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Project: IEEE P802.15 Working Group for Wireless Personal Area Networks (WPANs) PowerPoint Presentation
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Project: IEEE P802.15 Working Group for Wireless Personal Area Networks (WPANs)

Project: IEEE P802.15 Working Group for Wireless Personal Area Networks (WPANs)

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Project: IEEE P802.15 Working Group for Wireless Personal Area Networks (WPANs)

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  1. Project: IEEE P802.15 Working Group for Wireless Personal Area Networks (WPANs) • Submission Title:STM_CEA-LETI_CWC_AETHERWIRE_MITSUBISHI_FTR&D 15.4aCFP response • Date Submitted: January 4th, 2005 • Source: Ian Oppermann (1), Mark Jamtgaard (2), Laurent Ouvry (3), Philippe Rouzet (4), Andreas F. Molisch(5), Philip Orlik(5), Zafer Sahinoglu (5), Rick Roberts (6), Vern Brethour (7), Adrian Jennings (7) , Patricia Martigne (8), Benoit Miscopein (8), Jean Schwoerer (8) • Companies: • (1) CWC-University of Oulu, Tutkijantie 2 E, 90570 Oulu, FINLAND • (2) Æther Wire & Location, Inc., 520 E. Weddell Drive, Suite 5, Sunnyvale, CA 94089, USA • (3) CEA-LETI, 17 rue des Martyrs 38054, Grenoble Cedex, FRANCE • (4) STMicroelectronics, CH-1228, Geneva, Plan-les-Ouates,SWITZERLAND • (5) MERL, 201 Broadway, Boston, USA • (6) Harris, (7)Time Domain, Hansville, Alabama • (8) FT R&D, 28 Chemin des vieux chênes, BP98, 38243 Meylan Cedex • Voice: (1) +358 407 076 344, (2) 408 400 0785 (3) +33 4 38 78 93 88, (4) +41 22 929 58 66 (5) +1 617 621 7500 • E-Mail: (1) ian@ee.oulu.fi, (2) mark@aetherwire.com(3) laurent.ouvry@cea.fr, (4) philippe.rouzet@st.com, (5) {molisch, porlik, zafer}@merl.com, rrober14@harris.com, {vern.brethour, adrian.jennings}@timedomain.com, (8) {patricia.martigne, benoit.miscopein, jean.schwoerer}@francetelecom.com • Abstract: UWB proposal for 802.15.4a alt-PHY • Purpose: Proposal based on UWB impulse radio for the IEEE 802.15.4a CFP • Notice: This document has been prepared to assist the IEEE P802.15. It is offered as a basis for discussion and is not binding on the contributing individual(s) or organization(s). The material in this document is subject to change in form and content after further study. The contributor(s) reserve(s) the right to add, amend or withdraw material contained herein. • Release: The contributors acknowledge and accept that this contribution becomes the property of IEEE and may be made publicly available by P802.15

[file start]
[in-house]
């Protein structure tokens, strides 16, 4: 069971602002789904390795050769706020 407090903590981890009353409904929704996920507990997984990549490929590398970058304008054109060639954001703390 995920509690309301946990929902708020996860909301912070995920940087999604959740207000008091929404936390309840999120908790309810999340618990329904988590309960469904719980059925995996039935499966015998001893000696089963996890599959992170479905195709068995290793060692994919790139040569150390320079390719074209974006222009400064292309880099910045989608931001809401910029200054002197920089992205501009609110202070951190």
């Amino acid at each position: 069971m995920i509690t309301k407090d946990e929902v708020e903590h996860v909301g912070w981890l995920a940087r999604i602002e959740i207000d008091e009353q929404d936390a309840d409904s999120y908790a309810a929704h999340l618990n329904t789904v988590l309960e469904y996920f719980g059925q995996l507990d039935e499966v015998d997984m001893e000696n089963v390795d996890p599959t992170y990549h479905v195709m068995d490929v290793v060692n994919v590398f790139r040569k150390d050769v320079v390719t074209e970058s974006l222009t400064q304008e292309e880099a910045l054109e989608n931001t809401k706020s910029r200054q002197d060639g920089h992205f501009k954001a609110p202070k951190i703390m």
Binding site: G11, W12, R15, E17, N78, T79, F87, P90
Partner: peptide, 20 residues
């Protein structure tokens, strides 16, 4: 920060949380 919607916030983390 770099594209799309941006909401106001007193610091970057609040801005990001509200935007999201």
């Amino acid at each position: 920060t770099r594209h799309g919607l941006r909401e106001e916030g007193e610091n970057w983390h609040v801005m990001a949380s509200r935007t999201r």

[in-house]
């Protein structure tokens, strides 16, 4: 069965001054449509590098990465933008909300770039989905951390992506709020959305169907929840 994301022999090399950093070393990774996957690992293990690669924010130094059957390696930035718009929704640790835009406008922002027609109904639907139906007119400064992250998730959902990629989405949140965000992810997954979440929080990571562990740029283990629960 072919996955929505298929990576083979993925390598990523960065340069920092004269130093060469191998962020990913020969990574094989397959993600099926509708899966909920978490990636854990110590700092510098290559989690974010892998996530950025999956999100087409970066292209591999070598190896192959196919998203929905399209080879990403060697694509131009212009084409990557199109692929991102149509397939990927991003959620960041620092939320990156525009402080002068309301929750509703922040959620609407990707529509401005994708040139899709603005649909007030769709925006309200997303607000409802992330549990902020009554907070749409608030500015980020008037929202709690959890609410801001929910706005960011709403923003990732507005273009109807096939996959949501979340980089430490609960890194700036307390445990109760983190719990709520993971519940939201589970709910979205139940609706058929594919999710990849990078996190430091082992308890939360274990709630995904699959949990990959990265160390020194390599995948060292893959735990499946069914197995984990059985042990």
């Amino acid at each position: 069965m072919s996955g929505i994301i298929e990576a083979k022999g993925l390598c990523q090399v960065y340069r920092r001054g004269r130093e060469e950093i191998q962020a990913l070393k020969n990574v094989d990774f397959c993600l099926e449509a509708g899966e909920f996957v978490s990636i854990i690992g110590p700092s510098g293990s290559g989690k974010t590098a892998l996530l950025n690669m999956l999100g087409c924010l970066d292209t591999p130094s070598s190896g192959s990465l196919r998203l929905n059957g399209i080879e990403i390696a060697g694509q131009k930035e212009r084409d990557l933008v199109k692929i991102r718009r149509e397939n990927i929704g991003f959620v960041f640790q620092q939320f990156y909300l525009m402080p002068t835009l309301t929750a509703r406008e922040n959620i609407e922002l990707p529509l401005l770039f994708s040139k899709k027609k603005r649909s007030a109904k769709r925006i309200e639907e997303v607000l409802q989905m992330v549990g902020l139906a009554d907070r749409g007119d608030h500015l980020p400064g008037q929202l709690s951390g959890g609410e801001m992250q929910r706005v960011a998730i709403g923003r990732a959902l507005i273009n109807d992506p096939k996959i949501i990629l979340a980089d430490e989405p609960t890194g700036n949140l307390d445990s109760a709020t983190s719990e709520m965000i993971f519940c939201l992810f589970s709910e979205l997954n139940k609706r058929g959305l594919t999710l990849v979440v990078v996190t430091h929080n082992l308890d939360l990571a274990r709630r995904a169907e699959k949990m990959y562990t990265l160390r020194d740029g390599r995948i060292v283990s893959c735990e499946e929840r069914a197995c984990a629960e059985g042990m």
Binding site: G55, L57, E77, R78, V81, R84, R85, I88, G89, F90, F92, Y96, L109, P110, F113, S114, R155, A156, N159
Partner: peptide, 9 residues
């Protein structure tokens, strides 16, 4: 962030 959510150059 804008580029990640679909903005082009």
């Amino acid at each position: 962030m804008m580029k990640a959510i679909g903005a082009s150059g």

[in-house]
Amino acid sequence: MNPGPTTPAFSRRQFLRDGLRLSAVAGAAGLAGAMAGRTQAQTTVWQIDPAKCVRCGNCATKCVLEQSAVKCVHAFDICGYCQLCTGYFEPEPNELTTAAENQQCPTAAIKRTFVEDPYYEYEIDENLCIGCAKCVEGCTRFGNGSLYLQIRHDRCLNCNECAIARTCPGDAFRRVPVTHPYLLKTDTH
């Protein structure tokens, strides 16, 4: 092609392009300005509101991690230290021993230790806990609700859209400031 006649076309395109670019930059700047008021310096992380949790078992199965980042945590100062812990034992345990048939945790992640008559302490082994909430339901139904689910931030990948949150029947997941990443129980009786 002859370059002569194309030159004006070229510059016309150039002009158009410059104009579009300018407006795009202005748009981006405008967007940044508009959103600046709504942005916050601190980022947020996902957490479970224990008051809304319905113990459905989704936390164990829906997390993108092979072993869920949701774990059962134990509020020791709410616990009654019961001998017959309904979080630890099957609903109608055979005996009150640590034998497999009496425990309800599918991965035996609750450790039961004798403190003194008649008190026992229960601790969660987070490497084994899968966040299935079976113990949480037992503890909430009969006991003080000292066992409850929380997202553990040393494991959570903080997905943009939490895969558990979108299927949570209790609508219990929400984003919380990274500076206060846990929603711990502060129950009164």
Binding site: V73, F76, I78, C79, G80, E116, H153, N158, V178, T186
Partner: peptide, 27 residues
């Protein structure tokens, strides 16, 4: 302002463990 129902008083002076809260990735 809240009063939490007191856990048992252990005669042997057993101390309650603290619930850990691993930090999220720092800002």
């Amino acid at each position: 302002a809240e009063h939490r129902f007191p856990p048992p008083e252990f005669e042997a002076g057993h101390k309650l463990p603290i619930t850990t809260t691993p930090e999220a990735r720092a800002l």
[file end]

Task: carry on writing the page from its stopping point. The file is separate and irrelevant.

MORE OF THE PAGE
2. List of Authors • CWC– Ian Oppermann, Alberto Rabbachin (1) • AetherWire – Mark Jamtgaard, Patrick Houghton (2) • CEA-LETI – Laurent Ouvry, Samuel Dubouloz, Sébastien de Rivaz, Benoit Denis, Michael Pelissier, Manuel Pezzin et al. (3) • STMicroelectronics– Gian Mario Maggio, Chiara Cattaneo, Philippe Rouzet & al. (4) • MERL– Andreas F. Molisch, Philip Orlik, Zafer Sahinoglu (5) • Harris – Rick Roberts (6) • Time Domain – Vern Brethour, Adrian Jennings (7) • France Telecom R&D – Patricia Martigne, Benoit Miscopein, Jean Schwoerer (8)

  3. Outline • Introduction • Background • Transmitted Signal • Receiver Architectures • Bandwidth Usage • Optional Aspects • System performances • Link budget • Framing, throughput • Power Saving • Ranging and Delay Estimation • Feasibility • Conclusions

  4. Proposal Main Features • Impulse-radio based (pulse-shape independent) • Support for different receiver architectures (coherent/non-coherent) • Flexible modulation format • Support for multiple rates • Enables accurate ranging/positioning • Support for multiple SOP

  5. Motivation for (2-4): • Supports homogenous and heterogeneous network architectures • Different classes of nodes, with different reliability requirements (and cost) must inter-work

  6. UWB Technology • Impulse-Radio (IR) based: • Very short pulses  Reduced ISI • Robustness against fading • Episodic transmission (for LDR) allowing long sleep-mode periods and energy saving • Low-complexity implementation

  7. Modulation Features • Simple, scalable modulation format • Flexibility for system designer • Modulation compatible with multiple coherent/non-coherent receiver schemes • Time hopping (TH) to achieve multiple access

  8. Commonalities with Other Proposals • The present document is the result of preliminary merging efforts among the new CWC/STm/LETI/AetherWire/MERL/Harris/FTR&D/TDC group. Work is still ongoing for refining and consolidation of some of the parameters described in this proposal. • Discussions are under way for further collaborations and merging in 802.15.4a.